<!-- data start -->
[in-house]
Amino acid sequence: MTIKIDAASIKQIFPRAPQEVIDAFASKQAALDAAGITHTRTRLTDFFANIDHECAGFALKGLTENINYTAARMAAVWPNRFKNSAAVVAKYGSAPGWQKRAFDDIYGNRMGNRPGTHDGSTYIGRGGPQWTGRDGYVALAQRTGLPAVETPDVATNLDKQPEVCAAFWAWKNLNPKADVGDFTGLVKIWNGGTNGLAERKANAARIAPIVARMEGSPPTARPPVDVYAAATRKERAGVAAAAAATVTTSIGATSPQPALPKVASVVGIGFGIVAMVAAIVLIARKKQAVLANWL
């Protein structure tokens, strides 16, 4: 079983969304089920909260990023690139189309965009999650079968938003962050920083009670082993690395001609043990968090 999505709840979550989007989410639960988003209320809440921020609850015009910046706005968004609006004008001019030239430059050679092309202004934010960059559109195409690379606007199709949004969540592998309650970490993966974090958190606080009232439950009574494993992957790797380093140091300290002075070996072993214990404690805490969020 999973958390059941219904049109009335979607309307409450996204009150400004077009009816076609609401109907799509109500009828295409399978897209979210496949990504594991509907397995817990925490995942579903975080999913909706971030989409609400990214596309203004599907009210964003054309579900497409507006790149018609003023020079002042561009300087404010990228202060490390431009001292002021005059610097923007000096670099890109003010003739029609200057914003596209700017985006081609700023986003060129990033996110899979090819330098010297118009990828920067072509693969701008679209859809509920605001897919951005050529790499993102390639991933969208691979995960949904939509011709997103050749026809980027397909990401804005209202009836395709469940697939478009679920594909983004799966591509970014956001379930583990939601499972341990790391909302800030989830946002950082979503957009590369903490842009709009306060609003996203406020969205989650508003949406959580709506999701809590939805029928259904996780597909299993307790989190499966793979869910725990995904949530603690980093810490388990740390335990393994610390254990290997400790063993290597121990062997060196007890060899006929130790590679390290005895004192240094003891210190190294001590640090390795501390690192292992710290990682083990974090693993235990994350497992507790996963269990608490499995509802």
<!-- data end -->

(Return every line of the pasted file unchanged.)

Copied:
[in-house]
Amino acid sequence: MTIKIDAASIKQIFPRAPQEVIDAFASKQAALDAAGITHTRTRLTDFFANIDHECAGFALKGLTENINYTAARMAAVWPNRFKNSAAVVAKYGSAPGWQKRAFDDIYGNRMGNRPGTHDGSTYIGRGGPQWTGRDGYVALAQRTGLPAVETPDVATNLDKQPEVCAAFWAWKNLNPKADVGDFTGLVKIWNGGTNGLAERKANAARIAPIVARMEGSPPTARPPVDVYAAATRKERAGVAAAAAATVTTSIGATSPQPALPKVASVVGIGFGIVAMVAAIVLIARKKQAVLANWL
């Protein structure tokens, strides 16, 4: 079983969304089920909260990023690139189309965009999650079968938003962050920083009670082993690395001609043990968090 999505709840979550989007989410639960988003209320809440921020609850015009910046706005968004609006004008001019030239430059050679092309202004934010960059559109195409690379606007199709949004969540592998309650970490993966974090958190606080009232439950009574494993992957790797380093140091300290002075070996072993214990404690805490969020 999973958390059941219904049109009335979607309307409450996204009150400004077009009816076609609401109907799509109500009828295409399978897209979210496949990504594991509907397995817990925490995942579903975080999913909706971030989409609400990214596309203004599907009210964003054309579900497409507006790149018609003023020079002042561009300087404010990228202060490390431009001292002021005059610097923007000096670099890109003010003739029609200057914003596209700017985006081609700023986003060129990033996110899979090819330098010297118009990828920067072509693969701008679209859809509920605001897919951005050529790499993102390639991933969208691979995960949904939509011709997103050749026809980027397909990401804005209202009836395709469940697939478009679920594909983004799966591509970014956001379930583990939601499972341990790391909302800030989830946002950082979503957009590369903490842009709009306060609003996203406020969205989650508003949406959580709506999701809590939805029928259904996780597909299993307790989190499966793979869910725990995904949530603690980093810490388990740390335990393994610390254990290997400790063993290597121990062997060196007890060899006929130790590679390290005895004192240094003891210190190294001590640090390795501390690192292992710290990682083990974090693993235990994350497992507790996963269990608490499995509802």